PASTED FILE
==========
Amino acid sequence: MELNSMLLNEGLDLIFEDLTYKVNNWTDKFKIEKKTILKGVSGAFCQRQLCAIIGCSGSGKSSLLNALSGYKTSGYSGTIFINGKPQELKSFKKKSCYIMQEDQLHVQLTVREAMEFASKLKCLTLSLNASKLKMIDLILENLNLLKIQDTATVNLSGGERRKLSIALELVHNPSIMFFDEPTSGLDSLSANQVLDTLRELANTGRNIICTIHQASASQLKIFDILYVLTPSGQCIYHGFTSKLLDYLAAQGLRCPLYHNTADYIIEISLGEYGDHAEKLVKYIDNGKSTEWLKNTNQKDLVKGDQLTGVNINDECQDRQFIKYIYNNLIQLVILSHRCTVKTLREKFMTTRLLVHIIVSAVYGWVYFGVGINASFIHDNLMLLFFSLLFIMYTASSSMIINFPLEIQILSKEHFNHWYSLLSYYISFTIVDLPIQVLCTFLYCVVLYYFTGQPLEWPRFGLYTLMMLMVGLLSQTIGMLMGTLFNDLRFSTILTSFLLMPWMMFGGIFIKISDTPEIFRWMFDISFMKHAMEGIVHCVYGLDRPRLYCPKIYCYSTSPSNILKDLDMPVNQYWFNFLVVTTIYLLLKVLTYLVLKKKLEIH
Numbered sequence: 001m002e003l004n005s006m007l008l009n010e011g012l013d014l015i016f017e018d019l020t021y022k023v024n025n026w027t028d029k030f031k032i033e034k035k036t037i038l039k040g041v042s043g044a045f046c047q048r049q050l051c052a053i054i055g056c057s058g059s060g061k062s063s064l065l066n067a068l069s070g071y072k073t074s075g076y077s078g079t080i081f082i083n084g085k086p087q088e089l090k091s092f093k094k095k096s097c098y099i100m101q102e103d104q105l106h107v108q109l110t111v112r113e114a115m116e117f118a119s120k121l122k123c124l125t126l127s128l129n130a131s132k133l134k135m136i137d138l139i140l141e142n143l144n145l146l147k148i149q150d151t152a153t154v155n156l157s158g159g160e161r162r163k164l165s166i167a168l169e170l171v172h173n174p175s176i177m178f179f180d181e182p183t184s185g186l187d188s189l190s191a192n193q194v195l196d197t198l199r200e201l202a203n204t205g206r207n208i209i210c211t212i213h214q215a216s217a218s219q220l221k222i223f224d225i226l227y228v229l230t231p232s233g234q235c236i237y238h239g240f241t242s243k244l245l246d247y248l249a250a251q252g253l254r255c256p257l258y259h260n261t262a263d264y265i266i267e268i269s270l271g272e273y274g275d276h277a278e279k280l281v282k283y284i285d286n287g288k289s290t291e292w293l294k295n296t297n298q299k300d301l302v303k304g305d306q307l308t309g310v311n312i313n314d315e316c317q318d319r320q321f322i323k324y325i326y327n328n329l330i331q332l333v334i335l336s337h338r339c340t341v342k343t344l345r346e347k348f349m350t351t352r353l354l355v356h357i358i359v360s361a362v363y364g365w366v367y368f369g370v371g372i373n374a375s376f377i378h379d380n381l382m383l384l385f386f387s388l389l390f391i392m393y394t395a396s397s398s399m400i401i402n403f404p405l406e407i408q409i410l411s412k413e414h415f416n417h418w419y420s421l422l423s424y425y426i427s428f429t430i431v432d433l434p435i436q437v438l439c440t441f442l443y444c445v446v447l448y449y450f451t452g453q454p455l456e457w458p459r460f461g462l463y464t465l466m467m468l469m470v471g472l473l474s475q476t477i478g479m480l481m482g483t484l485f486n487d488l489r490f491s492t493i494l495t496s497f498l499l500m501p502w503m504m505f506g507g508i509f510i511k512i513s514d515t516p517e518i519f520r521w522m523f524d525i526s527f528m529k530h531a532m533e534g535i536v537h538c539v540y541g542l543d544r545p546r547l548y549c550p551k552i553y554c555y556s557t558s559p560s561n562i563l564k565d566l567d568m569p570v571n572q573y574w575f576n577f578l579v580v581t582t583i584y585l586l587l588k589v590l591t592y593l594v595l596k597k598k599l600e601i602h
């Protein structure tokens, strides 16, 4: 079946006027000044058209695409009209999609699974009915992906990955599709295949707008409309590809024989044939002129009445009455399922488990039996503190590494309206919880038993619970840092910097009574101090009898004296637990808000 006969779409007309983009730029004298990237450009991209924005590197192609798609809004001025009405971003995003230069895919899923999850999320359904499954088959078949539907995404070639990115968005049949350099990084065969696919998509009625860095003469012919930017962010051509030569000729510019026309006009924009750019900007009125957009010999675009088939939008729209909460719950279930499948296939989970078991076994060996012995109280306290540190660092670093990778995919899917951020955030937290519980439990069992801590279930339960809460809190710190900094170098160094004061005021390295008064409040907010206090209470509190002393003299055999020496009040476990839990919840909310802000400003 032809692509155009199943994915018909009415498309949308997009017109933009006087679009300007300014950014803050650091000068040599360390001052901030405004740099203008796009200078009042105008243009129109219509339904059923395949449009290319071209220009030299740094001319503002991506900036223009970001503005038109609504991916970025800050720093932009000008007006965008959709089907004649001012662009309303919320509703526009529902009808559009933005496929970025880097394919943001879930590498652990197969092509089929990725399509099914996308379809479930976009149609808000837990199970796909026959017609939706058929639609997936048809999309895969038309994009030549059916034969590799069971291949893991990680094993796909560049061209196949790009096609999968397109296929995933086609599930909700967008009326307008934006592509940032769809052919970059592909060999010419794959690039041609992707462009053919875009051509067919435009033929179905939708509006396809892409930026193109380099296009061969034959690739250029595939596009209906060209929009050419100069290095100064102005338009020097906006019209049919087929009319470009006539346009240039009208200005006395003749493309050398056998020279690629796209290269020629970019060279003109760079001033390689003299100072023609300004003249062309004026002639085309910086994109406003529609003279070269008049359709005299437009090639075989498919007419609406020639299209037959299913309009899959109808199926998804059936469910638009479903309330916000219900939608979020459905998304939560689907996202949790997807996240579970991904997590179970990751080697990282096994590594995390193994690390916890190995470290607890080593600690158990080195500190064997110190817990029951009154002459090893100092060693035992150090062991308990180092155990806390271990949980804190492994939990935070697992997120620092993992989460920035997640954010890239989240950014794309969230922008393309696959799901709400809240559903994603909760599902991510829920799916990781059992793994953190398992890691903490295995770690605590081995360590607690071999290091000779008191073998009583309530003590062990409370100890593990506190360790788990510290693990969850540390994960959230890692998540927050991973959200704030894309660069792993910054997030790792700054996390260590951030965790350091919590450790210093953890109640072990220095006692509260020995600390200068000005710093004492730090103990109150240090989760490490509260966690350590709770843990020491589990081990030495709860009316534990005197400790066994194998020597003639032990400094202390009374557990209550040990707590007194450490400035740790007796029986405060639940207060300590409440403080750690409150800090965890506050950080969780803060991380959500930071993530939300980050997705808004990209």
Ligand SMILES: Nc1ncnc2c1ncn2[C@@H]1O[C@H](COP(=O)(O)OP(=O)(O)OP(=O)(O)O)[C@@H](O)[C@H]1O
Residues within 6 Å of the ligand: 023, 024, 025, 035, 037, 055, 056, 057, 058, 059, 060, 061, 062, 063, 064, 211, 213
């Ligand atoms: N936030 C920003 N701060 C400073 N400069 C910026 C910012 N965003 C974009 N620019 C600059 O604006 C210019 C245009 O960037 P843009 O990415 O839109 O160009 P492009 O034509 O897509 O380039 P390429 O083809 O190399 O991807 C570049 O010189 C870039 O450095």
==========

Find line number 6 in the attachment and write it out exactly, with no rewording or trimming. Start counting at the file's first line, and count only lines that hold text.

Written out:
């Ligand atoms: N936030 C920003 N701060 C400073 N400069 C910026 C910012 N965003 C974009 N620019 C600059 O604006 C210019 C245009 O960037 P843009 O990415 O839109 O160009 P492009 O034509 O897509 O380039 P390429 O083809 O190399 O991807 C570049 O010189 C870039 O450095």